A year on: taking stock
Until last year, diversity and inclusion in private markets were not top of the ESG priority list. Then things suddenly changed.
In June, capital managers responded to the death of George Floyd at the hands of a Minneapolis police officer by voicing support for social justice initiatives and pledging to ensure conduct at their own organisations would improve for women and people of all ethnicities. The sentencing of Floyd’s killer last week provided prominent Black investors with some hope.
The speed at which Floyd’s death pushed GPs to upgrade their approach to D&I from goals to firm commitments was lightning quick. It also accomplished three important steps.
First, it reinforced how vocal capital providers can push dealmakers to play the game on their terms. It is becoming increasingly difficult for non-diverse GPs to secure allocations from institutional investors demanding that public dollars be managed by people representative of their constituents.
Second, with calls to invest more in diverse-owned businesses, and to spend more time searching for the best diverse talents, GPs are in the process of learning about the money that can be made from D&I initiatives. More research is becoming available showing that management teams with many types of people typically are outperformers.
Most importantly, Floyd’s death, and the D&I commitments GPs made in the following days and weeks, created a distinct moment to look back and measure what has or has not been done and by whom.
As the one-year anniversary approaches, GPs should be aware that a growing number of investors are serious about seeing progress made. We at New Private Markets plan on taking stock of D&I progress made since last year as well. We’d love to hear from both investors and GPs about success stories and challenges over the past year and where efforts seem to be lacking. Please email us at firstname.lastname@example.org.
Neu kid on the block
Neuberger Berman has finally closed its debut impact fund after around two years of fundraising. The investment firm, which is the sixth largest private equity manager in the world, according to affiliate title Private Equity International, began raising the NB Private Equity Impact Fund in early 2019. Last year, amid the pandemic, the firm asked investors to extend the fundraising period and this week it announced a final close on $280 million. Some more on the strategy, per the press release:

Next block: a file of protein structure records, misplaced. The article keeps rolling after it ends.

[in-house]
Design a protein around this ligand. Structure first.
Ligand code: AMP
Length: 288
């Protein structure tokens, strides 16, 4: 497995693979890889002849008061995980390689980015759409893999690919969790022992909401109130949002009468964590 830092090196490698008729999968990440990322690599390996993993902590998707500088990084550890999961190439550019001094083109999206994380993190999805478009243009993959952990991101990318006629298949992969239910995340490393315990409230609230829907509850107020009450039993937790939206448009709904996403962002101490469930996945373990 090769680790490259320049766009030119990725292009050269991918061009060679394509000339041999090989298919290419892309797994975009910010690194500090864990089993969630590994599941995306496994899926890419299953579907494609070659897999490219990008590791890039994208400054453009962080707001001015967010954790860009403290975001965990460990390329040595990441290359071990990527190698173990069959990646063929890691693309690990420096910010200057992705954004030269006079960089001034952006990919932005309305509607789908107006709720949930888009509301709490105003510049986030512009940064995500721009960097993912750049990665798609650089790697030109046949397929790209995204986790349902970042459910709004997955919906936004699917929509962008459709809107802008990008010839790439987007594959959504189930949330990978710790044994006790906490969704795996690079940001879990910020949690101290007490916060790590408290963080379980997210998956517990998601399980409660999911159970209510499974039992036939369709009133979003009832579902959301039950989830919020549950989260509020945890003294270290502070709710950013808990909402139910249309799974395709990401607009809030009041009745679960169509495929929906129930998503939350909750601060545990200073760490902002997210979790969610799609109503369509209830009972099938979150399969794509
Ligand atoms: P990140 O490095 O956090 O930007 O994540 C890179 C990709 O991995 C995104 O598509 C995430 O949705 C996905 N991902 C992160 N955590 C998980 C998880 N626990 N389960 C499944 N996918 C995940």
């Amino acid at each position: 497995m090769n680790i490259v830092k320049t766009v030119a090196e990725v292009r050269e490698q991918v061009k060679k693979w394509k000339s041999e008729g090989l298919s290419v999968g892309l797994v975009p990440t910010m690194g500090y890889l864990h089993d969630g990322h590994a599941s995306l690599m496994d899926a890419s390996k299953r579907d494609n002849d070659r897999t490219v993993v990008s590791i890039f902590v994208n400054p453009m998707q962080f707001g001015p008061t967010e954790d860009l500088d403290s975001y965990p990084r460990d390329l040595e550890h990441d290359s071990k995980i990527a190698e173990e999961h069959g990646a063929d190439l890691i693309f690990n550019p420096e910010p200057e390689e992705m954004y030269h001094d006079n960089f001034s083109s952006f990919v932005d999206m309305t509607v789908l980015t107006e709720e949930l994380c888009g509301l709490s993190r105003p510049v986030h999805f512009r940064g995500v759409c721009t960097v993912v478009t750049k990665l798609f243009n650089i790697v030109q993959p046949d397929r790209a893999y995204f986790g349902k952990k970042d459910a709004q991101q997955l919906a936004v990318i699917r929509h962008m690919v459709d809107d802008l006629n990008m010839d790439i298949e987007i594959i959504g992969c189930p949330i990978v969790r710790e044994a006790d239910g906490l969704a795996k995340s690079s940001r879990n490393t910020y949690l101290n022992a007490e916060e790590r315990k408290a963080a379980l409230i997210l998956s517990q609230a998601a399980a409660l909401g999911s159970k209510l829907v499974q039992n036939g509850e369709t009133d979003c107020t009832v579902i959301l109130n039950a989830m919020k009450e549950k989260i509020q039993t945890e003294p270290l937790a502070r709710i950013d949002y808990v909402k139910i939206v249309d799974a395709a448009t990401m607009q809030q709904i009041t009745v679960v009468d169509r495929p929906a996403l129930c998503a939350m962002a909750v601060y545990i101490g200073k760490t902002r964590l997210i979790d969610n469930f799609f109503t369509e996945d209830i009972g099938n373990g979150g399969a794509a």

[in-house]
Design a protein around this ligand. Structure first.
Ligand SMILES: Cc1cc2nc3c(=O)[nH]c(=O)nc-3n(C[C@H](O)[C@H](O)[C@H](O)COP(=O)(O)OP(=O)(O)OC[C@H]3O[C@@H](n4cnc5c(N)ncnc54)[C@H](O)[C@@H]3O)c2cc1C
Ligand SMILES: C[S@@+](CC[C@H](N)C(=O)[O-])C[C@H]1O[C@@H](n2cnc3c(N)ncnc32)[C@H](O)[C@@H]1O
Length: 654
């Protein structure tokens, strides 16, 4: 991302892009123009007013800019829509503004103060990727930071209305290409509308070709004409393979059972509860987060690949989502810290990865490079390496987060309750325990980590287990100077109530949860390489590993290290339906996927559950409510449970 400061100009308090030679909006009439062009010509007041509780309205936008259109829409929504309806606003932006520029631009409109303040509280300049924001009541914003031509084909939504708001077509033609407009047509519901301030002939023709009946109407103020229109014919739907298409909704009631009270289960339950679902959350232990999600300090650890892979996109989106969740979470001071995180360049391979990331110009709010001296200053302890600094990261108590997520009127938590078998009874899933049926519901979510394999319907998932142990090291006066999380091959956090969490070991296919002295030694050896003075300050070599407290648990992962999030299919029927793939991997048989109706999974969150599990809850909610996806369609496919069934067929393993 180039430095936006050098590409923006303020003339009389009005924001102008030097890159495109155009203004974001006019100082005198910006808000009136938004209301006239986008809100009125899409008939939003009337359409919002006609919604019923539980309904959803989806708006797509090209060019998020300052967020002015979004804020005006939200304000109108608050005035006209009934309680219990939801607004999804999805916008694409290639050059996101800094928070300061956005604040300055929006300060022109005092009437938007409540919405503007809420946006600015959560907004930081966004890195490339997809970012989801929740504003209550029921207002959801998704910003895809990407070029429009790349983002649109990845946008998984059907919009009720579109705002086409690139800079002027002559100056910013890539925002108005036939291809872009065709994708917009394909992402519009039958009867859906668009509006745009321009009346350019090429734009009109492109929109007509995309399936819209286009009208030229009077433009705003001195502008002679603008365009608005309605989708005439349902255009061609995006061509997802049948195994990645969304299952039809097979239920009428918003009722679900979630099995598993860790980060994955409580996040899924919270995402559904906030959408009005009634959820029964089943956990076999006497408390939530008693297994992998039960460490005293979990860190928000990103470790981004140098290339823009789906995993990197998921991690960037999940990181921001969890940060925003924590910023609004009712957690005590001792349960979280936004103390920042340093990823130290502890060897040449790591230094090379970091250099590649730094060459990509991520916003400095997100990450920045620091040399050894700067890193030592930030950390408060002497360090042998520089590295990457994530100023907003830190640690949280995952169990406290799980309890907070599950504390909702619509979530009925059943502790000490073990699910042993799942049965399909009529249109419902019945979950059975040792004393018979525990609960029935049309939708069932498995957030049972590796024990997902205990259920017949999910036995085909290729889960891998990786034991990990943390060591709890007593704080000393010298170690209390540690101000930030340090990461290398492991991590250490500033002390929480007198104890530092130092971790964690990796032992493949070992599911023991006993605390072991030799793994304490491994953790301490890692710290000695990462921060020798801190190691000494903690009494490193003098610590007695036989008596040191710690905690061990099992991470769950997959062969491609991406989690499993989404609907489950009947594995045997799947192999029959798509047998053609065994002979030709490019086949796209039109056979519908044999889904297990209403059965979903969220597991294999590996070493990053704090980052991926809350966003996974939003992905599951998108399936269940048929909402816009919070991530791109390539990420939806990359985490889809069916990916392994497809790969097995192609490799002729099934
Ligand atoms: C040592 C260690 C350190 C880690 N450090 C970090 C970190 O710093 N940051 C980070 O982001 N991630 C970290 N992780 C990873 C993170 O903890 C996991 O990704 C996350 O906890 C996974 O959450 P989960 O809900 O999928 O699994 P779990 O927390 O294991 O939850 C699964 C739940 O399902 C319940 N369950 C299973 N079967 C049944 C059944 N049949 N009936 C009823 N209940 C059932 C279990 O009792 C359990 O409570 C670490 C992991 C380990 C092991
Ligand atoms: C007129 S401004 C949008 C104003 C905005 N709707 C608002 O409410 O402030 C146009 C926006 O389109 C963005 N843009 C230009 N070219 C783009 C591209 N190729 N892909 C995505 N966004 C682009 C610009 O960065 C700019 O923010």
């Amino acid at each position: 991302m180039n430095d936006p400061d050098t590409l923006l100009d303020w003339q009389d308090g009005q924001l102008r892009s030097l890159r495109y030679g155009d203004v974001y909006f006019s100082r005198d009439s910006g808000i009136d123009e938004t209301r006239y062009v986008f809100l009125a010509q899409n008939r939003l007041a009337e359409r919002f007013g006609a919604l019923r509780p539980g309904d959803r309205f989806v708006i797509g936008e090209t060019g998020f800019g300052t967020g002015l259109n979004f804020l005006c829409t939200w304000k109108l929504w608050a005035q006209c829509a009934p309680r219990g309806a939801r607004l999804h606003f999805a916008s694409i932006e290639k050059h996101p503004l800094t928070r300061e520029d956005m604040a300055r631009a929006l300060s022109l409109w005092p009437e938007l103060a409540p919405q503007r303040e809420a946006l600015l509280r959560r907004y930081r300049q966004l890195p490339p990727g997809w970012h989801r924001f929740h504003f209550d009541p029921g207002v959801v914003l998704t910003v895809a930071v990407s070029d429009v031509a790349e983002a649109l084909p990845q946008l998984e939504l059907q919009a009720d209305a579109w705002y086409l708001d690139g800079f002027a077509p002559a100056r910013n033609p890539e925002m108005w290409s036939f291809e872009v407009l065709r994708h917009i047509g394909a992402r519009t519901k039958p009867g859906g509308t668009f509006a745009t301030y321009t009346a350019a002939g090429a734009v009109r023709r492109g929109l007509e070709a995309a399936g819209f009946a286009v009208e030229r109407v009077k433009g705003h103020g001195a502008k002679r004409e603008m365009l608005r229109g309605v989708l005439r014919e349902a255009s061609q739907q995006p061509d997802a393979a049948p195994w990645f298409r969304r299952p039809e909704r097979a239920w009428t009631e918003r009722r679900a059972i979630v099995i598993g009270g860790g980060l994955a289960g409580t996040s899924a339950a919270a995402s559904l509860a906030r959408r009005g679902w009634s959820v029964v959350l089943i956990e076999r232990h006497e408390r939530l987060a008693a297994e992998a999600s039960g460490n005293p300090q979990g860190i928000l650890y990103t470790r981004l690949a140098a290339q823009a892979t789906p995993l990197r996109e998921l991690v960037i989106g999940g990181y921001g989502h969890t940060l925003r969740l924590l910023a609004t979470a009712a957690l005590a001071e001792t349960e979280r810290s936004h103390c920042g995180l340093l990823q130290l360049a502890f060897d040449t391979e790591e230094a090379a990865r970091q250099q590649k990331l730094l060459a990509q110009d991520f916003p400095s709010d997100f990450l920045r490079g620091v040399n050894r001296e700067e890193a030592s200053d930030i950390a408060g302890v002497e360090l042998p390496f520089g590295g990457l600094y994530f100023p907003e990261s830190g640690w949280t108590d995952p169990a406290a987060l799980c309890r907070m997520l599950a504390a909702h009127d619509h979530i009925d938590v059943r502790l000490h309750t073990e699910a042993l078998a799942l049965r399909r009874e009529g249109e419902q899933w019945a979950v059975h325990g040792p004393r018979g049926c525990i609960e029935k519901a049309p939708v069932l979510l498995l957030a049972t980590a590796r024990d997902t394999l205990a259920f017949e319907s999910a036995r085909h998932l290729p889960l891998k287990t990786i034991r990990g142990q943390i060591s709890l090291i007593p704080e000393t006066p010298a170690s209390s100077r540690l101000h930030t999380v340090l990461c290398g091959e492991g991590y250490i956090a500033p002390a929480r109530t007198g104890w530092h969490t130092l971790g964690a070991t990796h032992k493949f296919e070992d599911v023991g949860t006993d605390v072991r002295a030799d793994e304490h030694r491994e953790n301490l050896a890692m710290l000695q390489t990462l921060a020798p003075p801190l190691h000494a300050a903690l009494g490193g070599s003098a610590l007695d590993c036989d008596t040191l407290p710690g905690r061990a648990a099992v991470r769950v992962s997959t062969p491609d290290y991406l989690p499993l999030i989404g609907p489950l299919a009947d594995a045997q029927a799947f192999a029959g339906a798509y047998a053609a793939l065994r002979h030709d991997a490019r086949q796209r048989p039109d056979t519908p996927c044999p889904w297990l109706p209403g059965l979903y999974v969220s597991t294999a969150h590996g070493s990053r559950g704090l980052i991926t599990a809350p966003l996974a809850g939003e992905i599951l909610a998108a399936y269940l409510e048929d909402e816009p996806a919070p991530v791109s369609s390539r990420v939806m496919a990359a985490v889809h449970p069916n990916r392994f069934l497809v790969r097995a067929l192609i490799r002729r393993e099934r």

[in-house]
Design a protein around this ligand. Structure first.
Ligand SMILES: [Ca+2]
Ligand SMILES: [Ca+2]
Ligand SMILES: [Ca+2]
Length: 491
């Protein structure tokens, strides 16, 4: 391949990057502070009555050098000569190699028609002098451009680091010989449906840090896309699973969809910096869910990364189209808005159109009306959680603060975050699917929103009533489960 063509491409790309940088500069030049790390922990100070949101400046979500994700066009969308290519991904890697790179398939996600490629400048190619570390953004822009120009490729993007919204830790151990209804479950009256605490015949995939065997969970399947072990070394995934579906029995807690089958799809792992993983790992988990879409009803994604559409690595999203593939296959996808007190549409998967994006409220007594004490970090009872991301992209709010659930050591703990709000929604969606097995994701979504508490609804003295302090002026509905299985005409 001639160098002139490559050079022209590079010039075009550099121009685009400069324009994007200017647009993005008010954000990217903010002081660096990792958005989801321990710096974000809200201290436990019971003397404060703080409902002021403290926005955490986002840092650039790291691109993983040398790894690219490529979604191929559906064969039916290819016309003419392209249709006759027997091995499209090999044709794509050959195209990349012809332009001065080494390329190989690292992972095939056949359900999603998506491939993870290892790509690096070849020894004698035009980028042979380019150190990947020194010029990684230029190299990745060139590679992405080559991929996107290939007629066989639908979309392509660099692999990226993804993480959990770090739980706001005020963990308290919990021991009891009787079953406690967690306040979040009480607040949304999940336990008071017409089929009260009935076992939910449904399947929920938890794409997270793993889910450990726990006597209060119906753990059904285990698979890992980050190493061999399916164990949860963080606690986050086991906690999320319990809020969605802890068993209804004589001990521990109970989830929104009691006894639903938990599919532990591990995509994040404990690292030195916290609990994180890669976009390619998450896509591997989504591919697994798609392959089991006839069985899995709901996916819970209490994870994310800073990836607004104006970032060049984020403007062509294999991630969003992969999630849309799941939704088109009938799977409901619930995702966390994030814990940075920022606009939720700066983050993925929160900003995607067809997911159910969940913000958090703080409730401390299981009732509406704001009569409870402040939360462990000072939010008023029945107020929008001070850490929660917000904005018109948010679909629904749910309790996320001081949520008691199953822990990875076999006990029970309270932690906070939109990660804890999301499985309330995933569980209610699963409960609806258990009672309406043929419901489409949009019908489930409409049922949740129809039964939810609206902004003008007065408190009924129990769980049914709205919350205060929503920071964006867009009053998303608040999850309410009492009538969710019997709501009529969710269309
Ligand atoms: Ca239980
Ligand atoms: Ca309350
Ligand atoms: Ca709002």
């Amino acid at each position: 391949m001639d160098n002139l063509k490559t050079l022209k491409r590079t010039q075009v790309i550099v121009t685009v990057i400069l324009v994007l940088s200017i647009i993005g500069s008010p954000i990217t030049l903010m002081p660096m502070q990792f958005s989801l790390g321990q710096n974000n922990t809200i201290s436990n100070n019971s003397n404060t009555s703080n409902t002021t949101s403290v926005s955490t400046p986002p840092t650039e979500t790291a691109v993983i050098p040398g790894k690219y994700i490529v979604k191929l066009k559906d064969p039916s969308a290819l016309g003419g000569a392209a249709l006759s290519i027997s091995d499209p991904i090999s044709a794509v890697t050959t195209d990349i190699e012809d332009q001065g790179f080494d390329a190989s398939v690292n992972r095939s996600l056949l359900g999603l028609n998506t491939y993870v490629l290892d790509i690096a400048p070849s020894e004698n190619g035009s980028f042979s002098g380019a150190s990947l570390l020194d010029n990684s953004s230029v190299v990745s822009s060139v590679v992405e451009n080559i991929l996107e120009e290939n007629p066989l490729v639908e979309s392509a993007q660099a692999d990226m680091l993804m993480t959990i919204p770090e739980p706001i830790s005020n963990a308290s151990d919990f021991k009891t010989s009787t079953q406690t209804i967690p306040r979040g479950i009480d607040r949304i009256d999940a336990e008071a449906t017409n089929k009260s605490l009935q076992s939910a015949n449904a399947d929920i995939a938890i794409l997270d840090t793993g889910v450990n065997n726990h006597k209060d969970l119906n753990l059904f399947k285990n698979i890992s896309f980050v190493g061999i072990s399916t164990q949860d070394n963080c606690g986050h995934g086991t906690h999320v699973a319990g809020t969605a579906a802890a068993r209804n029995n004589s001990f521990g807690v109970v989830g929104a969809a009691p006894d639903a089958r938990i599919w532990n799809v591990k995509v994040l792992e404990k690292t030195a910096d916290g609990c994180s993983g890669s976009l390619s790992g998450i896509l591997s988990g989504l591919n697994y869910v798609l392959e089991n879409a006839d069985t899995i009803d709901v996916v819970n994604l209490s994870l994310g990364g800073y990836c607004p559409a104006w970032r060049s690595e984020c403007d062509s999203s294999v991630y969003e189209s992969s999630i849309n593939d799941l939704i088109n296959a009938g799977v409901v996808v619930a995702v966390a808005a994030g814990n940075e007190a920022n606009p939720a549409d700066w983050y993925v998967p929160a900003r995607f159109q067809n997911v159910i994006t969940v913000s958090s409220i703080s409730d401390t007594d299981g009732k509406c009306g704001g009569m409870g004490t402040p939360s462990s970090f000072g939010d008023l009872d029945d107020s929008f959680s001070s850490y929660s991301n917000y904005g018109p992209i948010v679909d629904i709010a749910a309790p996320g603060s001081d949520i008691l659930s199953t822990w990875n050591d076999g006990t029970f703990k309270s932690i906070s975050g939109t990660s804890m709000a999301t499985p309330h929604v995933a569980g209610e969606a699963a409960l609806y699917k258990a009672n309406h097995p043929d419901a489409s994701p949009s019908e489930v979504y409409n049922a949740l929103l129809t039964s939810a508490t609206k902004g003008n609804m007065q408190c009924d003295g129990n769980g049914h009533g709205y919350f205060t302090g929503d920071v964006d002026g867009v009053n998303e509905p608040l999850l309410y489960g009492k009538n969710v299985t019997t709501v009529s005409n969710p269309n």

- It is already (as of March) 47 percent committed to co-investments, primary fund commitments and secondaries investments;
- Circa 35 percent of fund’s leadership team are women or from “under-represented minority backgrounds”;
- Investment “are generally focused on essential products and services that contribute to social and environmental solutions”, with examples being a point-of-use water filtration and dispenser company “that is displacing plastic water bottles”, a “next generation broadband technology platform” and an online tutoring business;
- The manager will “track and share the fund’s impact metrics with limited partners”.
New world order
Conventional ESG wisdom says that North American investors lag behind their European counterparts when it comes to ESG-focused due diligence. That was not the recent experience of mid-market fund Aurelius.
The Europe-focused firm came back from the fundraising trail last week (press release) with €500 million. It was the first time the firm had raised money from third-party investors; previous vehicles comprised balance sheet capital from the firm’s listed vehicle.
American investors probed most on sustainability matters, says managing director Tristan Nagler. “I’m not saying it wasn’t [coming from] Europeans, but when I think about all the conversations and the emphasis, it felt like it was stronger from North America than Europe,” he tells New Private Markets. “It was actually often the first thing that they [North American investors] discussed.”
Aurelius says it raised capital from both US and European institutions, including university endowments, pension funds, insurance companies and family offices. It declined to comment on the North America-Europe split.
- Has the centre of ESG gravity shifted further West? Send me your thoughts at email@example.com.
Tikehau to tool up
French asset manager Tikehau has launched a North American energy transition fund with a $100 million commitment from Total. It plans to add up to 12 staff in its New York office to help deploy it, says co-founder Mathieu Chabran.
EQT’s €15bn and the ESG age
Sustainability was a “critical element” of EQT’s latest fundraise, Per Franzen, the firm’s director of private equity, tells us. Its marketing process for Fund IX started in January 2020, before the global pandemic and race riots had sharpened investor on social issues.
Managers can expect new ESG reporting requirements from UK-based investment advisor Albourne to access capital from the firm’s institutional clients (release here). The updated framework will “enhance standards and transparency” for ESG disclosures, says the firm. In a nod of approval, Border to Coast Pensions Partnership, one of the largest UK pension pools, says it supports the new reporting framework. Managers seeking capital can expect the following:
- A long-form survey based on the United Nations’ Principles for Responsible Investment that dives into specific due diligence questions regarding a manager’s approach to investing;
- A separate, short-form questionnaire developed by Albourne’s ESG experts featuring 15 questions that add up to the firm’s “proprietary scoring framework”;
- A numerical scale up to 100 that grades a manager’s disclosures about policy and governance, investment process and monitoring, and overall reporting on ESG integration practices.